RANDOM THOUGHTS: Killer Arsenic - BY: Dr. A.Q. Khan

Killer Arsenic
Dr. A.Q. Khan


A few days ago a frightening and shocking front page news and an editorial appeared in the daily Dawn revealing how ground water all over Pakistan is contaminated with deadly, poisonous arsenic metal. The next day the daily News published an editorial highlighting the same problem while some critics opined that it was an exaggerated report. The fact remains, whether only a few people die or are affected by it or many, it is a highly poisonous metal and the government should take immediate remedial measures. But I donít have high hopes in this regard. Another metrobus, highway, flyover or orange train seems more attractive to our rulers.

How does it occur? Our earth was initially an aqueous mass. Over time the outer layer cooled and hardened but the inner core remained a molten mass. When the cooling process started, the lighter metals Ė silica, etc. Ė floated to the top. In this way, arsenic also came into the upper layer. According to the World Health Organisation (WHO), naturally occurring arsenic contamination is a concern in many countries, including Bangladesh, Argentina, Chile, China, India, Mexico, Thailand and the Americas. In Bangladesh and northern India alone, about 500 million people are at risk. Many tube wells, which were built with international aid to draw groundwater as an alternative to bacteria-tainted surface water, frequently tap into aquifers contaminated by arsenic. Drinking arsenic-rich water over a long period of time can lead to arsenicosis resulting in various health conditions, which include skin problems (such as changes in skin colour, hard patches of skin on the palms and soles of the feet), cancer of the skin, bladder and lung and diseases of the blood vessels of the legs and feet. Arsenic can be found in earth, plants, animals, water, humans, etc. If a large amount of arsenic is swallowed by humans in a form that is readily absorbed, it can cause rapid poisoning and death. The gut, the heart and the nervous system are all affected. Those who survive, suffer a painful life.

Nature/scientists have provided remedial medicines for most diseases and sometimes favoured human beings are appointed by the Almighty to help the sick and suffering. For arsenic, such a person has been sent to us. His name is Prof.Dr. Abul Hussam, Director of the Clean Water, Chemistry and Biochemistry Department at George Mason University, Virginia, USA. Prof. Hussam is originally from Bangladesh, a country heavily contaminated with arsenic in its water. As a student in Bangladesh (B.Sc, M.Sc.) he saw the suffering of his countrymen and decided to do something about it. After completing his Masters from Bangladesh, he went to the USA where he obtained a Ph.D. in Chemistry from the University of Pittsburg. He then moved to George Mason University, Fairfax, Va. He never forgot his country and his people and, as a first step, diligently worked to develop a method which measured the exact quantity of arsenic in water. In this he succeeded in the early nineties.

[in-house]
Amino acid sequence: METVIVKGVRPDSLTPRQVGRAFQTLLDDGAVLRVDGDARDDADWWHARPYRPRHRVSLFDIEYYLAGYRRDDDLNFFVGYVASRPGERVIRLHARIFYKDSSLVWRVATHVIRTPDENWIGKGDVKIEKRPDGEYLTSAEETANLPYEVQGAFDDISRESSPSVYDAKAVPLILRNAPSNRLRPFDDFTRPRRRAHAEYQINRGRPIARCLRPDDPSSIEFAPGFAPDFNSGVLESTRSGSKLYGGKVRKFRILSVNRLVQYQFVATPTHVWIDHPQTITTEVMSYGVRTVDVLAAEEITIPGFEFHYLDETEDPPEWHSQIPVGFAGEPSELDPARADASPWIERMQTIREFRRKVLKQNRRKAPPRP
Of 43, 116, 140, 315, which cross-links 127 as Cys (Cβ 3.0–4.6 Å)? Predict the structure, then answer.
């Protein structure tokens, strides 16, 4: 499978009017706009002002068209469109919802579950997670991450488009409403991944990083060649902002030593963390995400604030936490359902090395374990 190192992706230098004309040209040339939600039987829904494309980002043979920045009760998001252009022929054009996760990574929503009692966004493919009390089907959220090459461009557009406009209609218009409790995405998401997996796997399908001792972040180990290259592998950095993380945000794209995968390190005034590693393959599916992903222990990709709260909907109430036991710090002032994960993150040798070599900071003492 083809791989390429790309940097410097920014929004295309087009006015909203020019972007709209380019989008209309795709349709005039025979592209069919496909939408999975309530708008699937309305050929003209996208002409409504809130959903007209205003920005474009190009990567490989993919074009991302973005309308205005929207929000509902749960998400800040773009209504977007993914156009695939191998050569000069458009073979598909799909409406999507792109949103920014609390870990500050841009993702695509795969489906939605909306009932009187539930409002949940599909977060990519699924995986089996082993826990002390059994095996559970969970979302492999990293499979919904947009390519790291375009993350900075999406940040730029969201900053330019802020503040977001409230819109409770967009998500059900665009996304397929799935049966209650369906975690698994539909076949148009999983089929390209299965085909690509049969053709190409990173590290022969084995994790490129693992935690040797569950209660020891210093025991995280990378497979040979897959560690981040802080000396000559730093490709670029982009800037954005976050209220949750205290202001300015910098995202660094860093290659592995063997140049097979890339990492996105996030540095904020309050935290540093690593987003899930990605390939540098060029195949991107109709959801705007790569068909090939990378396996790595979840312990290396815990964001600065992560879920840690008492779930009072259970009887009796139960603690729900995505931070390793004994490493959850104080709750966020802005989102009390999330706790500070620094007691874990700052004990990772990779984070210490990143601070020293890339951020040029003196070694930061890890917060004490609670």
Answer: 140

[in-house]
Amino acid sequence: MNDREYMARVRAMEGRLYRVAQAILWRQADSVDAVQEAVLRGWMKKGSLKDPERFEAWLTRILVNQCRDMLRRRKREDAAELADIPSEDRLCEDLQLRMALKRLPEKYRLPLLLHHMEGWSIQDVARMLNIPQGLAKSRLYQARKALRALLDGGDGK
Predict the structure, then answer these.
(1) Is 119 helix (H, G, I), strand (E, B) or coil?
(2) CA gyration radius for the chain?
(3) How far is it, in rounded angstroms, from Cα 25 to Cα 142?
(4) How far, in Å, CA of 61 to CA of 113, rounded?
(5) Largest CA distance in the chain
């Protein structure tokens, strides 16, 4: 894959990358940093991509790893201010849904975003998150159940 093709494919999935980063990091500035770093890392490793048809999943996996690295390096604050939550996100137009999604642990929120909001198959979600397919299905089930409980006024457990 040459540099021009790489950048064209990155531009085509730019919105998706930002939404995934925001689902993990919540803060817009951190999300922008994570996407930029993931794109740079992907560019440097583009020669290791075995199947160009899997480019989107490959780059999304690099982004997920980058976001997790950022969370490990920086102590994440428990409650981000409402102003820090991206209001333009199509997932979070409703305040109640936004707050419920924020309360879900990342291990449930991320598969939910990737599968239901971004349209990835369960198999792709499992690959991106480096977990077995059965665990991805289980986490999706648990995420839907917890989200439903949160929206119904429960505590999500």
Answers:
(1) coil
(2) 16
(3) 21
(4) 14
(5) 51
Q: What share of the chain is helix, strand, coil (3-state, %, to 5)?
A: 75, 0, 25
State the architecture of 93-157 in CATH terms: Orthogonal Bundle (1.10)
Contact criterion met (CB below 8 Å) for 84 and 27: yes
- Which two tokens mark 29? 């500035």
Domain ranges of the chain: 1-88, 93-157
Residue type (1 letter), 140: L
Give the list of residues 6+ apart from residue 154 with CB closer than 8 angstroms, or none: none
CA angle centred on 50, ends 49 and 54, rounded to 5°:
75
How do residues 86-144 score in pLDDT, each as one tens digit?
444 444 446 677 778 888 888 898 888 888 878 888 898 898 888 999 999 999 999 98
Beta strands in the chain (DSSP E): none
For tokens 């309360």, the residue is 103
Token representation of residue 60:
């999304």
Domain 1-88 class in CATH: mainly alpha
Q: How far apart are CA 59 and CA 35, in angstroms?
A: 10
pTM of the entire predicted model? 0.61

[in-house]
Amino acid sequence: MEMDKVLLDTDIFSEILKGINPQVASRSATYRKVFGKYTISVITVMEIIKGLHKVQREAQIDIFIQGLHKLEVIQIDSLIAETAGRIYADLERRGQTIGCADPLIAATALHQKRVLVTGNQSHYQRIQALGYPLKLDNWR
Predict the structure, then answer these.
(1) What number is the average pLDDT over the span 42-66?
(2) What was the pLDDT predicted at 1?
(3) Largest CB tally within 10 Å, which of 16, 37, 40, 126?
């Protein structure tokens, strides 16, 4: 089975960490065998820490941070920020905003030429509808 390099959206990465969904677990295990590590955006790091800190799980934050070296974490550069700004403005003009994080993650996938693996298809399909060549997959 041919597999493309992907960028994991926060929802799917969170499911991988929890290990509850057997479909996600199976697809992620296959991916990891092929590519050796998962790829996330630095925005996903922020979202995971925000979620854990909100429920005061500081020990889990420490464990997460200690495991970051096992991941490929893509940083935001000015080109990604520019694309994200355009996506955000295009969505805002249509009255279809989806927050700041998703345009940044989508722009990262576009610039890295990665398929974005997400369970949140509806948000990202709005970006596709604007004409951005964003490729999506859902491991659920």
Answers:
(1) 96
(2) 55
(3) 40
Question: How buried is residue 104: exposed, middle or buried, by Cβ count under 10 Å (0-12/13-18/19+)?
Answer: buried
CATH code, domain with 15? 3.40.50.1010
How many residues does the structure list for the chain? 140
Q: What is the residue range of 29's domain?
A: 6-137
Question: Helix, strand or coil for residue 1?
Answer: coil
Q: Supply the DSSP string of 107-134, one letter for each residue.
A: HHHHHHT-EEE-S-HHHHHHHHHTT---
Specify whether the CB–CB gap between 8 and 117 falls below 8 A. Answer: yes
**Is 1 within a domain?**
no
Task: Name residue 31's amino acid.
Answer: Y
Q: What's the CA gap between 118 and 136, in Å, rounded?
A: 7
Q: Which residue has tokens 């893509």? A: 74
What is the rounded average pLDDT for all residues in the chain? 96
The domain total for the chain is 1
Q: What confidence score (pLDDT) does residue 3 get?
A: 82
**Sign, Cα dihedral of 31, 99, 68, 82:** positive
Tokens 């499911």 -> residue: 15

To fight the menace, the National Academy of Engineers, USA, announced a prize of $ one million and a gold medal for any scientist/engineer who could invent a simple, cheap, electricity-free apparatus to eliminate arsenic from water. Thousands of scientists/engineers from all over the world entered the competition but, as M. Iqbal said: Yeh rutbae baland mila jisko mil gaya; Her muddaee ke wastey daro rasan kahan (only the lucky ones get the honour; it is not for all who long for it.) Prof. Hussam won the prize with his Sonofilter. It consists of a top bucket filled with locally available coarse river sand and a composite iron matrix. The sand filters out coarse particles and controls the flow of the water while the iron removes inorganic arsenic. The water then flows into a second bucket where it again filters through coarse river sand and then through wood charcoal to remove other contaminants. The final filter consists of fine river sand and wet brick chips to remove fine particles and stabilize the water flow. The system was tested by the National Academy of Engineering and by several independent laboratories and the filtered water was found to be totally arsenic-free. Prof. Hussam donated 70% of the prize for Sonofilters (11,000 of them) to be distributed in Bangladesh and other countries. In Bangladesh alone the filters are now preventing serious health problems in hundreds of thousands of people since first being distributed to the most hard-hit families in 2001. Since then, no new cases of arsenicosis have been detected in where people are using the filters, even in the worst contamination areas. A small Sonofilter costs between $ 15 and $ 30 and a large one (1,000 litres per hour) costs about $ 850. A small filter produces between 20 and 50 litres of clean water per hour and can serve two families.

A friendís daughter, who is doing Ph.D. in Chemistry in Italy/France under the Erasmus Mundus Sustainable Industry Chemistry Programme, visited Prof. and Mrs. Hussam while on a short visit to Washington. She later told me that they were an extremely kind and friendly couple who insisted she stay with them. She was shown the Sonofilter in the laboratory and Prof. Hussam gave her very useful hints for her work.

Prof. Hussamís work is as important to humanity as the inventions of penicillin and insulin. Millions of people are benefitted by it and our government should undertake the production of such units for the benefit of the common man. I hope that, like the inventors of penicillin and insulin, Prof. Hussam will also be honoured with a Nobel Prize for Chemistry by the Swedish Academy of Sciences. It may be noted here that Oral Rehydration Salt, which is saving millions of lives all over the world, was also invented by Bangladeshi doctors.

Posted on Sep 06, 17 | 6:44 am